Obama plans to name the four to the posts in the coming weeks, barring unforeseen developments.
Still unclear is whom Obama will tap for interior secretary.
Officials close to the transition said support for John Berry, the director of the National Zoo and a former assistant secretary at the Interior Department, was growing. But these officials also said Arizona Rep. Raul Grijalva and California Rep. Mike Thompson were still in the running.
The Democratic officials who disclosed the selections spoke on the condition of anonymity because they were not authorized to reveal names that have not been made public.
Among these posts, Browner's stands out because it's a new White House position.
She is expected to coordinate the various agencies that play a role in energy and environmental policy, especially on issues such as climate change that don't fit nicely in the silos of the federal government. Those agencies could include the EPA and the Transportation, Energy and Interior departments.
Six weeks before his Jan. 20 inauguration and little more than a month since his election, Obama has chosen much of his Cabinet and top White House staff. He has only a few key posts left to fill: national intelligence director, the secretaries of housing, labor, education, transportation and agriculture and the U.S. trade representative.
Obama scheduled a news conference on Thursday in Chicago to name former Senate Democratic leader Tom Daschle as his secretary of health and human services. That choice has been known for some time.
On Wednesday, Michigan Gov. Jennifer Granholm, who has been mentioned as a possible labor secretary, was in Washington meeting with Obama's transition team. Her spokeswoman, Liz Boyd, would say only that the governor discussed the president-elect's economic stimulus plan.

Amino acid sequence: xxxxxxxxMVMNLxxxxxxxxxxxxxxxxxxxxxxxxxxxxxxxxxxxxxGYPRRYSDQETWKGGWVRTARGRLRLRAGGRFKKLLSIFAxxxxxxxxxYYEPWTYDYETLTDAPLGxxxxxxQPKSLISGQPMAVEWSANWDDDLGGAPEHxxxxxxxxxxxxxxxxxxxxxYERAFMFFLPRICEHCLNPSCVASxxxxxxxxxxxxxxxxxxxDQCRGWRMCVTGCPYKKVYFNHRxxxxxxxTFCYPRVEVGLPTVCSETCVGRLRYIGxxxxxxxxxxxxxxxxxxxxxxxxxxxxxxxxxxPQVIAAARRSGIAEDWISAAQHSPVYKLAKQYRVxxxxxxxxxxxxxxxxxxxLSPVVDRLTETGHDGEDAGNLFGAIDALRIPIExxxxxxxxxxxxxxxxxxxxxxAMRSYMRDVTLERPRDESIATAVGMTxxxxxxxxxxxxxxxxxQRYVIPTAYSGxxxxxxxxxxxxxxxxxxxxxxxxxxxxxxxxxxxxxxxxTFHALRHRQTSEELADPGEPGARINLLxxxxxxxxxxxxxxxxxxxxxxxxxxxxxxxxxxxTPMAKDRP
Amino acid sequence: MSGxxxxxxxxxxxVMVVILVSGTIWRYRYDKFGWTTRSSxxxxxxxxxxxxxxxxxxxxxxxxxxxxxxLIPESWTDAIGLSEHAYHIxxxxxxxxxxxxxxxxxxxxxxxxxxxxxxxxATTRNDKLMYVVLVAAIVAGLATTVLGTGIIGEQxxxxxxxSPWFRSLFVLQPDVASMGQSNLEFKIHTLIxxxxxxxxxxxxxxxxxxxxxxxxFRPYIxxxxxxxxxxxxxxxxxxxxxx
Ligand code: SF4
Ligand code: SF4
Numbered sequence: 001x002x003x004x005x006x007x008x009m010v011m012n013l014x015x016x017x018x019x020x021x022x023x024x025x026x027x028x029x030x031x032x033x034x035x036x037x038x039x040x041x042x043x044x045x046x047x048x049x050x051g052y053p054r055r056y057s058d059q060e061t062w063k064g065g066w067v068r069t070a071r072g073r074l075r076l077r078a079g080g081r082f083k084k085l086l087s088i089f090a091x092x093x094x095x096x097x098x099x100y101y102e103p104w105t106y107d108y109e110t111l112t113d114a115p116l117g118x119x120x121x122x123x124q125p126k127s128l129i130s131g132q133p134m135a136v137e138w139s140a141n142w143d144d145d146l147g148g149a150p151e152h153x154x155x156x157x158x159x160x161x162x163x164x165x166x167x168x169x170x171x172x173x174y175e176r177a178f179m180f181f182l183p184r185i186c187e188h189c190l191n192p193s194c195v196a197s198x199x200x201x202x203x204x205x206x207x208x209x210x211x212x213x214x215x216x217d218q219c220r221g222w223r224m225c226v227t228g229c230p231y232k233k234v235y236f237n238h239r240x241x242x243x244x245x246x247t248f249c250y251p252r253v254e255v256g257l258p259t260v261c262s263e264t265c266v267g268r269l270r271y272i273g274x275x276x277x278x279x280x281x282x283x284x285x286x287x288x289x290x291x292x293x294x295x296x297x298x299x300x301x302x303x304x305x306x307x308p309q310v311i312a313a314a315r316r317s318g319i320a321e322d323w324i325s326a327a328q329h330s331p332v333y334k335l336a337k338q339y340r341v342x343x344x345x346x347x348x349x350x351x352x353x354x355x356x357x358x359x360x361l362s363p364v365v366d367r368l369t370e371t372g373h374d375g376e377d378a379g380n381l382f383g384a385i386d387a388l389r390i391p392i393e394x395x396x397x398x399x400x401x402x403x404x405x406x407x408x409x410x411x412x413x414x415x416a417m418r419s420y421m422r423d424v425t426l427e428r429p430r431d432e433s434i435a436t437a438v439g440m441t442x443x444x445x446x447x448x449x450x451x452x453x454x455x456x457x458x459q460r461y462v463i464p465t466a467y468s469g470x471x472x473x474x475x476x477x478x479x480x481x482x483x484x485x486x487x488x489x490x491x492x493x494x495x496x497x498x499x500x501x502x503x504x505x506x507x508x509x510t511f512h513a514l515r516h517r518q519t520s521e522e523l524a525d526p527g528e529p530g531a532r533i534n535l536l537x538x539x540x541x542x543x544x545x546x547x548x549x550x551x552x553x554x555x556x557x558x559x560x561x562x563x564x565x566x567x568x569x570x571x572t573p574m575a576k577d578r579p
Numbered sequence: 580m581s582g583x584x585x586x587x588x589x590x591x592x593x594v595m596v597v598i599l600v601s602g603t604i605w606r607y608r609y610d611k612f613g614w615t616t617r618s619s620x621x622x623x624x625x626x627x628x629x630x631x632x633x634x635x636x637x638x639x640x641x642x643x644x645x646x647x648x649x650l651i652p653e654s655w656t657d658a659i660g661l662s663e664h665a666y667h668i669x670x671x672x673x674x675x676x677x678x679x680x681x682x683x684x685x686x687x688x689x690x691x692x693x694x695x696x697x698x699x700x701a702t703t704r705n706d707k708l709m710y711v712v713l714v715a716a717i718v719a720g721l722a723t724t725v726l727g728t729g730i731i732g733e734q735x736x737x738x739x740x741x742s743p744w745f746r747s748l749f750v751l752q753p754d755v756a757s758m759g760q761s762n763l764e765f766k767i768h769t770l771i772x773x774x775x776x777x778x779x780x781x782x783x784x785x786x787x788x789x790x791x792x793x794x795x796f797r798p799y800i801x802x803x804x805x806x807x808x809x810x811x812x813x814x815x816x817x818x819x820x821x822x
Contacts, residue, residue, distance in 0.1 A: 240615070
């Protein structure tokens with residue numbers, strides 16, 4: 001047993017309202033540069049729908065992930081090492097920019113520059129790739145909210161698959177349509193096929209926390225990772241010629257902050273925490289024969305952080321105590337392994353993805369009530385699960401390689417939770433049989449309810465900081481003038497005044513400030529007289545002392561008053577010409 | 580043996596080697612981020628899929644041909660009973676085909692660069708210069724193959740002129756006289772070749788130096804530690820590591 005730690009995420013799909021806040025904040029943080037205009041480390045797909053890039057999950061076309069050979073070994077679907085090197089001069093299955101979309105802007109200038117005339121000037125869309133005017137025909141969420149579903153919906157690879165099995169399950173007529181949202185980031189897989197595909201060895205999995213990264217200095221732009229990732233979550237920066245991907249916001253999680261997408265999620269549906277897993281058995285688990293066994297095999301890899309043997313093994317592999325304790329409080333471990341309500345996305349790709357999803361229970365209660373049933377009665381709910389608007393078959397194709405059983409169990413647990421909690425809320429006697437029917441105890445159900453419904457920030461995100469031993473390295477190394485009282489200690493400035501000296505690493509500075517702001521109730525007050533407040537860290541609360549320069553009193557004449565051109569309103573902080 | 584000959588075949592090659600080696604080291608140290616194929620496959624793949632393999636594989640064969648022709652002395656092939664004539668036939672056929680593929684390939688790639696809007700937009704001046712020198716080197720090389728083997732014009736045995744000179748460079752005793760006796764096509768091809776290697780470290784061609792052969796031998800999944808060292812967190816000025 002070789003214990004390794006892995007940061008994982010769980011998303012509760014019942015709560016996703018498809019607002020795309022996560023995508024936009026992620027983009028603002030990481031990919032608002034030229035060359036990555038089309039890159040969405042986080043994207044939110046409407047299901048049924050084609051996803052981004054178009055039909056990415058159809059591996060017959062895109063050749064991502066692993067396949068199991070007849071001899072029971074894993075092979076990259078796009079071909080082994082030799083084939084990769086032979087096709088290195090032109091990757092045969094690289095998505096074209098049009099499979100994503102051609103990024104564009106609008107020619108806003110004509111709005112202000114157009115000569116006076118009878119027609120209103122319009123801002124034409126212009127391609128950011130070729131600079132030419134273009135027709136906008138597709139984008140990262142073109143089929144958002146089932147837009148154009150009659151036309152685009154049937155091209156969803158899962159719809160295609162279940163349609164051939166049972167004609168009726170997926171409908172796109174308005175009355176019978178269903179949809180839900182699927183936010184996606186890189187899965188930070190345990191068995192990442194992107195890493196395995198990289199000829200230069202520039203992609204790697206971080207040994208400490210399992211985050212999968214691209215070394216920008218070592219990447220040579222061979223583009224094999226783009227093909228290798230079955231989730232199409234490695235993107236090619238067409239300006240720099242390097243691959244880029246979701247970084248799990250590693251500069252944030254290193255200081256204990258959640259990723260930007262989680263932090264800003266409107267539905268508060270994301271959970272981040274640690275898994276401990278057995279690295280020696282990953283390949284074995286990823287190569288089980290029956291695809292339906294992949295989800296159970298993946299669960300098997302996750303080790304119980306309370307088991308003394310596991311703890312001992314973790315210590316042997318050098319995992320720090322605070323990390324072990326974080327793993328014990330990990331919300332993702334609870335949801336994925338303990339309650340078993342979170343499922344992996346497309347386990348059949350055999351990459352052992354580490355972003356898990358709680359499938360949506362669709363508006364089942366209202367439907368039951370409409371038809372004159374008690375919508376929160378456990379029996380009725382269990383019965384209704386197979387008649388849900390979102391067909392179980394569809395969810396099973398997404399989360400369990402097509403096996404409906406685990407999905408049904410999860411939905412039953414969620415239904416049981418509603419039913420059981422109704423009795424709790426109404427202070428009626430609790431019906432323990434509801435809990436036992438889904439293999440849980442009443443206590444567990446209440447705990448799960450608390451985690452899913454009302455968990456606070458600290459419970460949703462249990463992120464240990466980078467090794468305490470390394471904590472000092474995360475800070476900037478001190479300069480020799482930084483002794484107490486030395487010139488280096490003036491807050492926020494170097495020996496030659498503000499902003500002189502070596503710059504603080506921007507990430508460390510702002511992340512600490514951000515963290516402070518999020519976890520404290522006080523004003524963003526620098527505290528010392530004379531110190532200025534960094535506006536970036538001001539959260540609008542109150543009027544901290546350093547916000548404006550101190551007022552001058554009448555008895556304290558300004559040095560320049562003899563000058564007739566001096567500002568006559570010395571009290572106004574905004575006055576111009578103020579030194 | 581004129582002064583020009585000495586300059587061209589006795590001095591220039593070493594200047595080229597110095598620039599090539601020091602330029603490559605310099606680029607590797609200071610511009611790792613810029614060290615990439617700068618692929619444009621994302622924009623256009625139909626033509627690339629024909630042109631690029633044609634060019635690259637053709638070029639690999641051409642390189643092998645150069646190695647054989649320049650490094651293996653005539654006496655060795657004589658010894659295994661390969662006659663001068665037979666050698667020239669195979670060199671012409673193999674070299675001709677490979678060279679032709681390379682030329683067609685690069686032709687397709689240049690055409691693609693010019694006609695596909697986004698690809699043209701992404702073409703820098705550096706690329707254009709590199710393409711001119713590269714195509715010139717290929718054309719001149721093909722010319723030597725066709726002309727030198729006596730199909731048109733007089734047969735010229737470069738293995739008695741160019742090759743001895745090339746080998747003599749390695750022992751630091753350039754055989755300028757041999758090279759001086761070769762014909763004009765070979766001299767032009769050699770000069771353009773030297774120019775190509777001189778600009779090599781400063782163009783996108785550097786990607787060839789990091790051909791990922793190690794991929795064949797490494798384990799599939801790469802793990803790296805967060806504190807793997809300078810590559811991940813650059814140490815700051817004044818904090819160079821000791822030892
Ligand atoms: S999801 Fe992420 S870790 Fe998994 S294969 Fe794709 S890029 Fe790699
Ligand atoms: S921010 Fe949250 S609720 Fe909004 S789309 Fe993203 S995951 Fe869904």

As for his environment and natural resources team:
- Chu was one of three scientists who shared the Nobel Prize for physics in 1997 for work in cooling and trapping atoms with laser light. He's a professor of physics and molecular and cell biology at the University of California, Berkeley, and has been the director of the Lawrence Berkeley National Laboratory since 2004, where he has pushed for research into alternative energy as a way to combat global warming. It is the oldest of the Energy Department's national laboratories, doing only unclassified work, and in recent years under Chu has been at the center of research into biofuels and solar technologies.
- Jackson, who would be the first black person to lead the EPA, is a former New Jersey Department of Environmental Protection commissioner who worked at the federal agency for 16 years, including under Browner when she was Bill Clinton's EPA chief. Jackson is a co-chairman of Obama's EPA transition team, and currently serves as chief of staff to New Jersey Gov. Jon S. Corzine. A New Orleans native, she grew up in the Lower Ninth Ward, the area stricken by Hurricane Katrina. She holds chemical engineering degrees from Tulane University and Princeton University.
- Browner, who served as EPA chief for eight years under Clinton, will become Obama's go-to person in the White House overseeing energy issues, an area expected to include the environment and climate matters. Now chair of the National Audubon Society and on the boards of several other environmental groups, Browner has been leading the Obama transition's working group on energy and environment.
- Sutley, the deputy mayor for energy and environment in Los Angeles and the mayor's representative on the Board of Directors for the Metropolitan Water District of Southern California, is the first prominent gay to earn a senior role in Obama's new administration. She was an EPA official during the Clinton administration, including being a special assistant to the EPA administrator in Washington. She also previously served on the California State Water Resources Control Board and was an energy adviser to former Gov. Gray Davis.
Associated Press writers Josef Hebert contributed to this report.